[Skip to Content]
[Skip to Content Landing]

August 2019 - January 1925

Decade

Year

Issue

April 18, 2011, Vol 137, No. 4, Pages 317-417

Reflections

Memoriam for Frank N. Ritter, MD

Abstract Full Text
Arch Otolaryngol Head Neck Surg. 2011;137(4):323. doi:10.1001/archoto.2011.30
Clinical Note

Penetrating Globe Injury During Infraorbital Nerve Block

Abstract Full Text
Arch Otolaryngol Head Neck Surg. 2011;137(4):396-397. doi:10.1001/archoto.2010.239

Arachnoid Cyst: Middle Ear Mass Diagnosis to Consider

Abstract Full Text
Arch Otolaryngol Head Neck Surg. 2011;137(4):398-400. doi:10.1001/archoto.2011.31

Endoscopic Treatment of Plastic Bronchitis

Abstract Full Text
Arch Otolaryngol Head Neck Surg. 2011;137(4):401-403. doi:10.1001/archoto.2011.43
Clinical Problem Solving: Radiology

Radiology Quiz Case 1

Abstract Full Text
Arch Otolaryngol Head Neck Surg. 2011;137(4):404. doi:10.1001/archoto.2011.40-a

Radiology Quiz Case 3: Diagnosis

Abstract Full Text
Arch Otolaryngol Head Neck Surg. 2011;137(4):404-409. doi:10.1001/archoto.2011.42-b

Radiology Quiz Case 2

Abstract Full Text
Arch Otolaryngol Head Neck Surg. 2011;137(4):405. doi:10.1001/archoto.2011.41-a

Radiology Quiz Case 3

Abstract Full Text
Arch Otolaryngol Head Neck Surg. 2011;137(4):406. doi:10.1001/archoto.2011.42-a

Radiology Quiz Case 3

Abstract Full Text
Arch Otolaryngol Head Neck Surg. 2011;137(4):406. doi:10.1001/archoto.2011.42-a

Radiology Quiz Case 1: Diagnosis

Abstract Full Text
Arch Otolaryngol Head Neck Surg. 2011;137(4):407. doi:10.1001/archoto.2011.40-b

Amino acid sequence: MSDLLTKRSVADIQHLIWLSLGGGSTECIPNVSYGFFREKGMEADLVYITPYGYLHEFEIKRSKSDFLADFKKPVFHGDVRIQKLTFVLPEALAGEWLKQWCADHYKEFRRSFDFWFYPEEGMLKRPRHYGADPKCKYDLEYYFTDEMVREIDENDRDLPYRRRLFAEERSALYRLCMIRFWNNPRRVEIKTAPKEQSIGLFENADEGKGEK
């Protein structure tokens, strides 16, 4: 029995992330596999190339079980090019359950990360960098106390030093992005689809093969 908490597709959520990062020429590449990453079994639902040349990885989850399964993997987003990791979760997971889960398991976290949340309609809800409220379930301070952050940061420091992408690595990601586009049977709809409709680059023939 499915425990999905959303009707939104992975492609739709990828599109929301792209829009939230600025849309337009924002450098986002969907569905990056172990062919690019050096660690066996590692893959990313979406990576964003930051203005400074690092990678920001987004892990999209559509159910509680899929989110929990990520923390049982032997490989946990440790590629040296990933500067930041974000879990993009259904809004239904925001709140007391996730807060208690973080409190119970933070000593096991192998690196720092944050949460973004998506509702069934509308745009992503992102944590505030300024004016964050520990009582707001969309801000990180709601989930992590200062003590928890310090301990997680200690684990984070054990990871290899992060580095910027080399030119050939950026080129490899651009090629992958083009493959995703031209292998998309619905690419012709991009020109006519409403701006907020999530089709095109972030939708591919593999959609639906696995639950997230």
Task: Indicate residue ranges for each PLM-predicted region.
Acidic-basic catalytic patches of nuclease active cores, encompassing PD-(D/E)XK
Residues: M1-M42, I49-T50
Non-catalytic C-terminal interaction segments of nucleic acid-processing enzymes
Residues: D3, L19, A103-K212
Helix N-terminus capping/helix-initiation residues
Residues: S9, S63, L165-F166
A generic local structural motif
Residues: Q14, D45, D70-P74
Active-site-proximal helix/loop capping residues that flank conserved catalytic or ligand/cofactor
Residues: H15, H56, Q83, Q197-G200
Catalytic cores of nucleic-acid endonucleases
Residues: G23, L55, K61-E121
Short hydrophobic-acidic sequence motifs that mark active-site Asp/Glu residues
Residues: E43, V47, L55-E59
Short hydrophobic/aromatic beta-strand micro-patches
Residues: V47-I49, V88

Radiology Quiz Case 3: Diagnosis

Abstract Full Text
Arch Otolaryngol Head Neck Surg. 2011;137(4):409. doi:10.1001/archoto.2011.42-b
Clinical Problem Solving: Pathology

Pathology Quiz Case 1

Abstract Full Text
Arch Otolaryngol Head Neck Surg. 2011;137(4):410. doi:10.1001/archoto.2011.48-a

Pathology Quiz Case 3: Diagnosis

Abstract Full Text
Arch Otolaryngol Head Neck Surg. 2011;137(4):410-415. doi:10.1001/archoto.2011.50-b

Pathology Quiz Case 2

Abstract Full Text
Arch Otolaryngol Head Neck Surg. 2011;137(4):411. doi:10.1001/archoto.2011.49-a

Pathology Quiz Case 3

Abstract Full Text
Arch Otolaryngol Head Neck Surg. 2011;137(4):412. doi:10.1001/archoto.2011.50-a

Pathology Quiz Case 3

Abstract Full Text
Arch Otolaryngol Head Neck Surg. 2011;137(4):412. doi:10.1001/archoto.2011.50-a

Pathology Quiz Case 1: Diagnosis

Abstract Full Text
Arch Otolaryngol Head Neck Surg. 2011;137(4):413. doi:10.1001/archoto.2011.48-b

Pathology Quiz Case 3: Diagnosis

Abstract Full Text
Arch Otolaryngol Head Neck Surg. 2011;137(4):415. doi:10.1001/archoto.2011.50-b
About the Cover

Painted Island in the Venetian Lagoon

Abstract Full Text
free access
Arch Otolaryngol Head Neck Surg. 2011;137(4):317. doi:10.1001/archoto.2011.47
Original Article

Sialoendoscopy: Prognostic Factors for Endoscopic Removal of Salivary Stones

Abstract Full Text
free access
Arch Otolaryngol Head Neck Surg. 2011;137(4):325-329. doi:10.1001/archoto.2010.238